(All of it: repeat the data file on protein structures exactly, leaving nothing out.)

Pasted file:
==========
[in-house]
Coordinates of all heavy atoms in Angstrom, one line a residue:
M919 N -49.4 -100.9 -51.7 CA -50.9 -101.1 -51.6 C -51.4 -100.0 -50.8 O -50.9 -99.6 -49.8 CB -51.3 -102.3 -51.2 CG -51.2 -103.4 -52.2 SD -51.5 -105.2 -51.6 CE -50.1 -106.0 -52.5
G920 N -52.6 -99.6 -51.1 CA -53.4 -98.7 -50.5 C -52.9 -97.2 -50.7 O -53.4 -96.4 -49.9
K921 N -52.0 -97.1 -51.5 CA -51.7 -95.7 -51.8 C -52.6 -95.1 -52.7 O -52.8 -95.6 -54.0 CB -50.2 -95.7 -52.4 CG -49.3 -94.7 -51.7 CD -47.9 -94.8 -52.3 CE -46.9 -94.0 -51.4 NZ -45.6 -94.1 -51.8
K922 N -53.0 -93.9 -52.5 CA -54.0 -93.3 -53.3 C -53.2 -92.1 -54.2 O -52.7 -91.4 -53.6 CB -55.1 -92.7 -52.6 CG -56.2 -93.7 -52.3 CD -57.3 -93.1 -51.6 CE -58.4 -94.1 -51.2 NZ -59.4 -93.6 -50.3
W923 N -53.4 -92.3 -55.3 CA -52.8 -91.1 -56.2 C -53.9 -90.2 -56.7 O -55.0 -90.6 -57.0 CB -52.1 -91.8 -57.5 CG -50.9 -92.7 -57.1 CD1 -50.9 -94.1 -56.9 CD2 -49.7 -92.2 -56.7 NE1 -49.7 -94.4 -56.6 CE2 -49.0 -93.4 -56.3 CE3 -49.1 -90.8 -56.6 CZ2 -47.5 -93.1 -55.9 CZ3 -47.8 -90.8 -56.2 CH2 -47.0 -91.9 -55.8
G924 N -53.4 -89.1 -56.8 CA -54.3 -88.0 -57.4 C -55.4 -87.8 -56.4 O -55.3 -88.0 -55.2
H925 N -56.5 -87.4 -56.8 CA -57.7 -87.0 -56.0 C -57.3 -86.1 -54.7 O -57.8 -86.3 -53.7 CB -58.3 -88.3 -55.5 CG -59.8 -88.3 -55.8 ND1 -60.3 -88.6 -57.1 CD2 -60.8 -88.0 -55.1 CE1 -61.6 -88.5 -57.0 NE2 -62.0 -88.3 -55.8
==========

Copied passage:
[in-house]
Coordinates of all heavy atoms in Angstrom, one line a residue:
M919 N -49.4 -100.9 -51.7 CA -50.9 -101.1 -51.6 C -51.4 -100.0 -50.8 O -50.9 -99.6 -49.8 CB -51.3 -102.3 -51.2 CG -51.2 -103.4 -52.2 SD -51.5 -105.2 -51.6 CE -50.1 -106.0 -52.5
G920 N -52.6 -99.6 -51.1 CA -53.4 -98.7 -50.5 C -52.9 -97.2 -50.7 O -53.4 -96.4 -49.9
K921 N -52.0 -97.1 -51.5 CA -51.7 -95.7 -51.8 C -52.6 -95.1 -52.7 O -52.8 -95.6 -54.0 CB -50.2 -95.7 -52.4 CG -49.3 -94.7 -51.7 CD -47.9 -94.8 -52.3 CE -46.9 -94.0 -51.4 NZ -45.6 -94.1 -51.8
K922 N -53.0 -93.9 -52.5 CA -54.0 -93.3 -53.3 C -53.2 -92.1 -54.2 O -52.7 -91.4 -53.6 CB -55.1 -92.7 -52.6 CG -56.2 -93.7 -52.3 CD -57.3 -93.1 -51.6 CE -58.4 -94.1 -51.2 NZ -59.4 -93.6 -50.3
W923 N -53.4 -92.3 -55.3 CA -52.8 -91.1 -56.2 C -53.9 -90.2 -56.7 O -55.0 -90.6 -57.0 CB -52.1 -91.8 -57.5 CG -50.9 -92.7 -57.1 CD1 -50.9 -94.1 -56.9 CD2 -49.7 -92.2 -56.7 NE1 -49.7 -94.4 -56.6 CE2 -49.0 -93.4 -56.3 CE3 -49.1 -90.8 -56.6 CZ2 -47.5 -93.1 -55.9 CZ3 -47.8 -90.8 -56.2 CH2 -47.0 -91.9 -55.8
G924 N -53.4 -89.1 -56.8 CA -54.3 -88.0 -57.4 C -55.4 -87.8 -56.4 O -55.3 -88.0 -55.2
H925 N -56.5 -87.4 -56.8 CA -57.7 -87.0 -56.0 C -57.3 -86.1 -54.7 O -57.8 -86.3 -53.7 CB -58.3 -88.3 -55.5 CG -59.8 -88.3 -55.8 ND1 -60.3 -88.6 -57.1 CD2 -60.8 -88.0 -55.1 CE1 -61.6 -88.5 -57.0 NE2 -62.0 -88.3 -55.8